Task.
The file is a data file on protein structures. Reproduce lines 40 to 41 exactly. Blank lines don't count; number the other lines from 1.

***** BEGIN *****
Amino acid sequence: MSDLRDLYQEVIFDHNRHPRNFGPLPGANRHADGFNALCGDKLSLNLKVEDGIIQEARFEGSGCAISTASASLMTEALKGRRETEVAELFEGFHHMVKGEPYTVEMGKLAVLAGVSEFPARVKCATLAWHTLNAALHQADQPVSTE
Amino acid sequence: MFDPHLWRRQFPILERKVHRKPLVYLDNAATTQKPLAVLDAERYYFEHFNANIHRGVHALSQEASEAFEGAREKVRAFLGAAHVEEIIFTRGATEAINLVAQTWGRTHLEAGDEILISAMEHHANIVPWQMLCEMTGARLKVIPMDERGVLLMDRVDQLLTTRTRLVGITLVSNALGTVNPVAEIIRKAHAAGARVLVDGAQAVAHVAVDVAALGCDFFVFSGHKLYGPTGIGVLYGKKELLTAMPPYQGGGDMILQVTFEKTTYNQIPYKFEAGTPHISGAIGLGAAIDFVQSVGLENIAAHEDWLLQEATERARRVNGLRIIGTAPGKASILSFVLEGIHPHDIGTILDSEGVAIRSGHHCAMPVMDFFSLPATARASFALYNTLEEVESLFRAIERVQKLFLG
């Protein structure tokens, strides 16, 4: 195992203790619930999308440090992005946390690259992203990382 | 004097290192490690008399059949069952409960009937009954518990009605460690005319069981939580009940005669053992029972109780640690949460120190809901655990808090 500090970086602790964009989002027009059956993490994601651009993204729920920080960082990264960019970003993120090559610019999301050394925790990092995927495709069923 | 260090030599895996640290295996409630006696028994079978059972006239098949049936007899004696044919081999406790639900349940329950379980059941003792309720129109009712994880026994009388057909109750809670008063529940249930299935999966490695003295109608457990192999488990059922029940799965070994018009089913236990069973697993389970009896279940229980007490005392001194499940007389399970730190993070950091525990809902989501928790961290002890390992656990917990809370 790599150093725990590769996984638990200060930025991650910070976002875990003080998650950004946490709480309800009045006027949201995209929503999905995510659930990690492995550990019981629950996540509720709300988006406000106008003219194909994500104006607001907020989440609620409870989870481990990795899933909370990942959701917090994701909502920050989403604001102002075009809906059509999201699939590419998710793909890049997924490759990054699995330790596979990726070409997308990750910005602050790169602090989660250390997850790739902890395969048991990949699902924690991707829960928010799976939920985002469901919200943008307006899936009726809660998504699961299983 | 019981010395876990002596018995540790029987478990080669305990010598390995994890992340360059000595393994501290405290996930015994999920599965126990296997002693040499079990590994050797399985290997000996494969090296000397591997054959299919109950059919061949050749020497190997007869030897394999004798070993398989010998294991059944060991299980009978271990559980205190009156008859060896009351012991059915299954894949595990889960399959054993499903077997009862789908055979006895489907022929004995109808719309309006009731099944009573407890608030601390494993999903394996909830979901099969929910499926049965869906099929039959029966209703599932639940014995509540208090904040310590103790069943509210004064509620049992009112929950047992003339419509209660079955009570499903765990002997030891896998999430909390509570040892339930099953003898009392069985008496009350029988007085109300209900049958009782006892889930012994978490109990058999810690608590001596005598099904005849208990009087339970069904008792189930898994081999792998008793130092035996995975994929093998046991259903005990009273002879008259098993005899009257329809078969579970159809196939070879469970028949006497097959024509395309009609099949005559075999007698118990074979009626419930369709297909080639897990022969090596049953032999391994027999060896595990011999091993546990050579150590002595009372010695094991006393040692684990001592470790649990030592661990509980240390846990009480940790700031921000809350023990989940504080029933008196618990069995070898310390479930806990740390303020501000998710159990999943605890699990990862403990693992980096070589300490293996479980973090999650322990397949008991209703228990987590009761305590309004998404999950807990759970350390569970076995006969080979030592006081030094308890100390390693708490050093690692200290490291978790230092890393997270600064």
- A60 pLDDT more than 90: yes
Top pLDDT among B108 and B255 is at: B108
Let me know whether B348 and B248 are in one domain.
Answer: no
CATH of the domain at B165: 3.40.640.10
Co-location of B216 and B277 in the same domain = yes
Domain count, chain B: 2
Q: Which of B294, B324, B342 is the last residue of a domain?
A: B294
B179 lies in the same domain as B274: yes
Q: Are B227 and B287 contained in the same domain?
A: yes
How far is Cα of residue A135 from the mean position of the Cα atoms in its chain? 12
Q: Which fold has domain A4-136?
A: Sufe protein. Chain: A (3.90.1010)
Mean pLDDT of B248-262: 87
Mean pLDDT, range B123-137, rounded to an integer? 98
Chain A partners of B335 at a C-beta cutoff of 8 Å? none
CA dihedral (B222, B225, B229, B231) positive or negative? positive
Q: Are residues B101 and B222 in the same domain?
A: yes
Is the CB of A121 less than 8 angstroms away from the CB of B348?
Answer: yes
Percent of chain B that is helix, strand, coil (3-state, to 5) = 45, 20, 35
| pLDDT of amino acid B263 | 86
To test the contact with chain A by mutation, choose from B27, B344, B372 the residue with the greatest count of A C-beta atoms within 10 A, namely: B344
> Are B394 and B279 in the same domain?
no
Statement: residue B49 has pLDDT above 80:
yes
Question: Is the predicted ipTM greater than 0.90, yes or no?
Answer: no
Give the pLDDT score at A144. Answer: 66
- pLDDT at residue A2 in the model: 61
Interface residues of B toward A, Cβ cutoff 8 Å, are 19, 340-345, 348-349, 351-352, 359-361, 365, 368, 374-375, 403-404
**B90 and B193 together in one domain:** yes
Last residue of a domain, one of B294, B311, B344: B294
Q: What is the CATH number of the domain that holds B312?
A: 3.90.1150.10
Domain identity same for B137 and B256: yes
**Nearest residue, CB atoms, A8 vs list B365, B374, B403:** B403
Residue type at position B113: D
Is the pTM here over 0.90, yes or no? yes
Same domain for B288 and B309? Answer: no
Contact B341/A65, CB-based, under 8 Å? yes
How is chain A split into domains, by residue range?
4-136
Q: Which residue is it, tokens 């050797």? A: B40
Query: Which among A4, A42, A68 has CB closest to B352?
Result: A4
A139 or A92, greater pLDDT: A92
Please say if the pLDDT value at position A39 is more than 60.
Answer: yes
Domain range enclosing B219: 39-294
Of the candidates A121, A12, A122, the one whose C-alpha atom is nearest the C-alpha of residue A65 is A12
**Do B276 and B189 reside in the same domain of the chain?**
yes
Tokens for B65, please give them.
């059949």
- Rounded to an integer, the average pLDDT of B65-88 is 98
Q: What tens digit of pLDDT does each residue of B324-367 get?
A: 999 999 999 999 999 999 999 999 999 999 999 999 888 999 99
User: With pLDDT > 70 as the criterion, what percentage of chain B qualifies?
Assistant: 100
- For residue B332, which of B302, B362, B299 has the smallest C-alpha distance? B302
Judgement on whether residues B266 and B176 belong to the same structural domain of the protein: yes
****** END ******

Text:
Last residue of a domain, one of B294, B311, B344: B294
Q: What is the CATH number of the domain that holds B312?